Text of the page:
It's no secret that Donald Trump considers himself a ratings machine—but if he'd had his way, he would have been a veritable ratings factory. Before a move to Washington was even a glimmer in the president's eye, he had another goal: TV fame. And not just the kind of fame that came from having one show on one network. Trump's long, fascinating history of pitching various scripted and reality series suggests that he yearned for his very own TV empire.

As The New York Times reported this week, Trump was never satisfied with a televised fiefdom that began and ended with The Apprentice. He pitched a scripted series while working on that reality competition show; according to the Times, Jeff Zucker—then president of NBC Universal—"instructed his development team to buy the pitch and hire a writer, even though he never intended to put it on TV."

But that particular series, which was to take place at a fictionalized Trump Tower, was far from the future president's only bright idea. His would-be TV slate is a parade of ambition and bacchanalia, of towers and gorgeous women. Some ideas never made it past the pitch stage, while others managed to weasel their way into development—only to be stymied before hitting the airwaves. Here, for your perusal, a rundown of all the scuttled projects Vanity Fair could find—although, to be honest, we're pretty convinced there are more out there. (Tips welcome!)

1993: Donald Trump Presents the Most Beautiful Women in the World

Yes, it seems our mogul started early. Back in the early 90s, Trump pitched a special to ABC. Its title? Donald Trump Presents the Most Beautiful Women in the World—a straightforward moniker if we ever saw one. From Trump's pitch to then-president of ABC News Roone Arledge, it seems awfully possible that the real-estate tycoon was simply looking for an excuse to schmooze beautiful women. The letter read as follows:

Dear Roone,

John McLaughlin's interview with me got the highest ratings in the
history of CNBC. Likewise, on public television, Charlie Rose's
interview with me almost got the highest ratings. Who the hell knows
why, but it just seems to happen—ask Larry King, [Phil] Donahue, and

In any event, in conjunction with Pierre Cossette, I am going to do a
one to one and a half hour special entitled "Donald Trump Presents the
Most Beautiful Women in the World." This show will consist of a series
of shorts and interviews with ten of the most beautiful women in the
world, including Lady Di (who I know and I think will speak to me),
Claudia Schiffer, Linda Evangelista, Christy Turlington, Michelle Pfeiffer, etc... This program will be done on a yearly basis and will
get huge ratings. I will promote it heavily—along with everything else
I do.

Another network is very interested, but I wanted to speak to you
before proceeding. I would appreciate a call as soon as possible.

With best wishes for a healthy and happy New Year,

Sincerely, Donald J. Trump

P.S. I'll bet it gets one of the top five highest ratings of the year!

This one, it seems, did not make it past the pitch stage.

Donald Trump in his living room at the Trump Tower, 1992.

Late 1990s: Trump Tower

This might be one of Trump's most bizarre projects ever—yes, even counting Trump Steaks.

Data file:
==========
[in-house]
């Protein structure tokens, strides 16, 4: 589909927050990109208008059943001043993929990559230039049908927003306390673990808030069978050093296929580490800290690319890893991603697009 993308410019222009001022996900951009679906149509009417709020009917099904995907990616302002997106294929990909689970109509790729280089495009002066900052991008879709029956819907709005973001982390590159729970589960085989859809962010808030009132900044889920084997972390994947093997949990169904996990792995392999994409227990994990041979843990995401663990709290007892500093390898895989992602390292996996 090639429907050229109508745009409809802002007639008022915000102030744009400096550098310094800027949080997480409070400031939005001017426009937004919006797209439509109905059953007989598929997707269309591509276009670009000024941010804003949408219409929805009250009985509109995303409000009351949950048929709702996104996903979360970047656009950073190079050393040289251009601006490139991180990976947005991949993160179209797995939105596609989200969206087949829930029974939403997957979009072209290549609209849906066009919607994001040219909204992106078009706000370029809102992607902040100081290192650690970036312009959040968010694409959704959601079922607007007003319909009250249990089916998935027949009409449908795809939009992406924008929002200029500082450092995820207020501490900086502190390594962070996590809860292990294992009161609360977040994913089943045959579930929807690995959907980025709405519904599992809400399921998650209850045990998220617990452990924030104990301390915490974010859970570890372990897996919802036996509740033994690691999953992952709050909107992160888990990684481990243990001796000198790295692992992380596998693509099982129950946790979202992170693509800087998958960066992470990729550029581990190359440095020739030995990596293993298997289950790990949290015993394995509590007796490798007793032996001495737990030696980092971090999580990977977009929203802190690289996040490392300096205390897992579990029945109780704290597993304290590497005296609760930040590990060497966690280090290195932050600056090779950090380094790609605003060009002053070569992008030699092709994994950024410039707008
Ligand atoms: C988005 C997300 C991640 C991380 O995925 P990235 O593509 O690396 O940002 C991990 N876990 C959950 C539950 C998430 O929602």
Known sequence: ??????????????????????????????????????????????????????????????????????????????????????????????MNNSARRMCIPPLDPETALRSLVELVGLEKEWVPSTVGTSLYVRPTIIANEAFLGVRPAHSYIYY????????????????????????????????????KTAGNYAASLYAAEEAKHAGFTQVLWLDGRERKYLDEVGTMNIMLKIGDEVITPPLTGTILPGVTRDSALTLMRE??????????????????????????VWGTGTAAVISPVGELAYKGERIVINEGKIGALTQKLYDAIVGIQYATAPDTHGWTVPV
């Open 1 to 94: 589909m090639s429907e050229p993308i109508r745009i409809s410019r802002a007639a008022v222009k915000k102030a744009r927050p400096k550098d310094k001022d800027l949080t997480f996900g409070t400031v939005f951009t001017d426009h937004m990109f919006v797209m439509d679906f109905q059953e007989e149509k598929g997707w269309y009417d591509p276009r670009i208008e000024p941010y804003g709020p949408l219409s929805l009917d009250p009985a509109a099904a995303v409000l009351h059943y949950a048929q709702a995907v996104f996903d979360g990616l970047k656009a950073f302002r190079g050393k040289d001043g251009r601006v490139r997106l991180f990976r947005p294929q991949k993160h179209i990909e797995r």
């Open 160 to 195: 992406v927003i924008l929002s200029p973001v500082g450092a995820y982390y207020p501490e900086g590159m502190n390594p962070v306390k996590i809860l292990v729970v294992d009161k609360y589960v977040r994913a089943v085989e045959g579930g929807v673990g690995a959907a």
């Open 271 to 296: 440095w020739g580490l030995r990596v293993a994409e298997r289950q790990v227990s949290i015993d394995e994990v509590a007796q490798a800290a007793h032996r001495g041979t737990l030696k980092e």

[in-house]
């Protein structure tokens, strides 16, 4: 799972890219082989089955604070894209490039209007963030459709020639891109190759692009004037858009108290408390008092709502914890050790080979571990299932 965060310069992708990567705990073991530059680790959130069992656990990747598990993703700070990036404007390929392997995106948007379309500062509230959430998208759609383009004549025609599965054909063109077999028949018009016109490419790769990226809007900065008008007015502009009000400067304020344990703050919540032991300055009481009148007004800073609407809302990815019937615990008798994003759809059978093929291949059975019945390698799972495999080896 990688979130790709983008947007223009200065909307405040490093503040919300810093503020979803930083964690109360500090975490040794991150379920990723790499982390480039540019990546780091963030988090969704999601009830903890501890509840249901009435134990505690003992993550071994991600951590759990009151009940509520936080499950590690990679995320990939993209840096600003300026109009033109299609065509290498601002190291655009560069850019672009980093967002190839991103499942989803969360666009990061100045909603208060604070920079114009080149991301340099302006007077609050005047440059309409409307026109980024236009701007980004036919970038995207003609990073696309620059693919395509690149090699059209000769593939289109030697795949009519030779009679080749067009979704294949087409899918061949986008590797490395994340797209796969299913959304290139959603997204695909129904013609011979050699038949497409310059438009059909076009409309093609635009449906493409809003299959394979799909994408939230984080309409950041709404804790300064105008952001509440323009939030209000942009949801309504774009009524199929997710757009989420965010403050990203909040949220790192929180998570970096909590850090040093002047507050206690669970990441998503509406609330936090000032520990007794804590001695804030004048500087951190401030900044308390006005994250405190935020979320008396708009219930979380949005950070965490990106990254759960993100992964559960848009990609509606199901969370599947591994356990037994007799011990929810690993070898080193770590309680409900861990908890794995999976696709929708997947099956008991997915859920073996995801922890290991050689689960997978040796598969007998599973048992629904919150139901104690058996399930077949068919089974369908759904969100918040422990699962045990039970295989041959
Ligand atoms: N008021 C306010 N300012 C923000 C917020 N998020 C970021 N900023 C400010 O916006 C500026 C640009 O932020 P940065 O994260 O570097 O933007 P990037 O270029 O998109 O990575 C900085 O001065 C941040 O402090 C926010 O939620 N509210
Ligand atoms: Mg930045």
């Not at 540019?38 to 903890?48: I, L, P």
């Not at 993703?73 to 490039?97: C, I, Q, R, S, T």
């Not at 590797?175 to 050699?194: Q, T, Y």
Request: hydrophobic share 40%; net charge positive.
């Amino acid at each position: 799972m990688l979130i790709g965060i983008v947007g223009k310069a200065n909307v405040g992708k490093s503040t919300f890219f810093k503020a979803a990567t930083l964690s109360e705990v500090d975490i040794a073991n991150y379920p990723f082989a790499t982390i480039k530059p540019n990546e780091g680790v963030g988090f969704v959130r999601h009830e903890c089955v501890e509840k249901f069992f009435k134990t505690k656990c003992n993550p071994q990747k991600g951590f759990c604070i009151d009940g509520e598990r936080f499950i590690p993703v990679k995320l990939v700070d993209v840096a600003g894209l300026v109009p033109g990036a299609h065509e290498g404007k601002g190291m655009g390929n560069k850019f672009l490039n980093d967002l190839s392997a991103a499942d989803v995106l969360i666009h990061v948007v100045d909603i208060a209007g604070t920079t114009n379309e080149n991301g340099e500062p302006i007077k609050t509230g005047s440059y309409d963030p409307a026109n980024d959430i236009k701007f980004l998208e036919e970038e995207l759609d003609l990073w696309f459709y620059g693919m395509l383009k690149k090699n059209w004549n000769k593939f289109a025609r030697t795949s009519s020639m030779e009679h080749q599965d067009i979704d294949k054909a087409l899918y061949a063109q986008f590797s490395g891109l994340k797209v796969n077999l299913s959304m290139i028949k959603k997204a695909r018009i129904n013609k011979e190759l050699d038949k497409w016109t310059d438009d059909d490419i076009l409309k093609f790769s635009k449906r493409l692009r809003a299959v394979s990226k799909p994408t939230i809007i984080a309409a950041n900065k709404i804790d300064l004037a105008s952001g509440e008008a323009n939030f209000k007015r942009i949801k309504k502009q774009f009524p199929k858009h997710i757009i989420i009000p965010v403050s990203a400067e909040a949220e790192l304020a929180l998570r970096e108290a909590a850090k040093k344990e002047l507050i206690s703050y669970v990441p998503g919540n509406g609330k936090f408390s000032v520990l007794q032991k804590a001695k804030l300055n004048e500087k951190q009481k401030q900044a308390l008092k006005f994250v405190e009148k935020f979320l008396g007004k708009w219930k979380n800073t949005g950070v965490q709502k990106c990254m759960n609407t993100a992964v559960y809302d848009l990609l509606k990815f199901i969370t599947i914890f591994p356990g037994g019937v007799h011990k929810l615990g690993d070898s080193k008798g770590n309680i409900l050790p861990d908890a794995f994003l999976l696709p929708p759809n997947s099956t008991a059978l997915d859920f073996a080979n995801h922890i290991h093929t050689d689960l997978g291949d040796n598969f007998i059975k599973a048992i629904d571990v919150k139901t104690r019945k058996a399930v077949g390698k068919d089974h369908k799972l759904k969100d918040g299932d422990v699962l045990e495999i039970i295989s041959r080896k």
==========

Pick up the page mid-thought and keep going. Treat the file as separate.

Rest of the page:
The show would have been a scripted drama in the vein of Dynasty or Dallas—and Trump reportedly pitched it for at least a decade. According to The Huffington Post, Trump harbored ambitions of bringing Trump Tower to television beginning in the late 1990s. Showtime did commission a pilot, but the series died at that stage. About a decade later, in 2008, Trump carted the idea over to Lifetime.

Then came an incredible third-act twist: in 2012, a novel by the same title and containing the same subject matter, penned by Jeffrey Robinson, hit bookshelves. If that sounds fishy, The Huffington Post discovered why: it appears Robinson might have been Trump's would-be ghostwriter. The Huffington Post obtained ad materials for a version of the book listed under Trump's name, although the ISBN number for Robinson's book has a different number.

"On this original version of the book, which was supposed to be available in 2011, Trump's name is listed as the primary author above Robinson's, although the covers are nearly identical otherwise," The Huffington Post reports. "Libraries and booksellers who received this advertising copy later got an update that the publication was canceled, only to get a Trump Tower without Trump's name a year later."

Whatever the connection, it might explain Trump's blurb—the only one featured on the back of the novel, per The Huffington Post.

"Jeffrey Robinson's novel Trump Tower bares it all," Trump wrote. "Here is the drama of the Ultra Rich, the Ultra Powerful, and the Ultra Beautiful who call the most glamorous address in the country their home. I can't wait to see it on television!"

2004: The Tower

Not to be confused with Trump Tower, this project was hatched at NBC during the early Apprentice days. Back in 2004, NBC hired writer Gay Walch, who tells Vanity Fair that the series was a "West Wing-type family drama" inspired by Trump's life and career, to write a pilot for Trump Tower. Its central character, John Barron—a name that will ring familiar for those steeped in Trump lore—had a divorced wife who worked with him at a large real-estate corporation, as well as several adult children.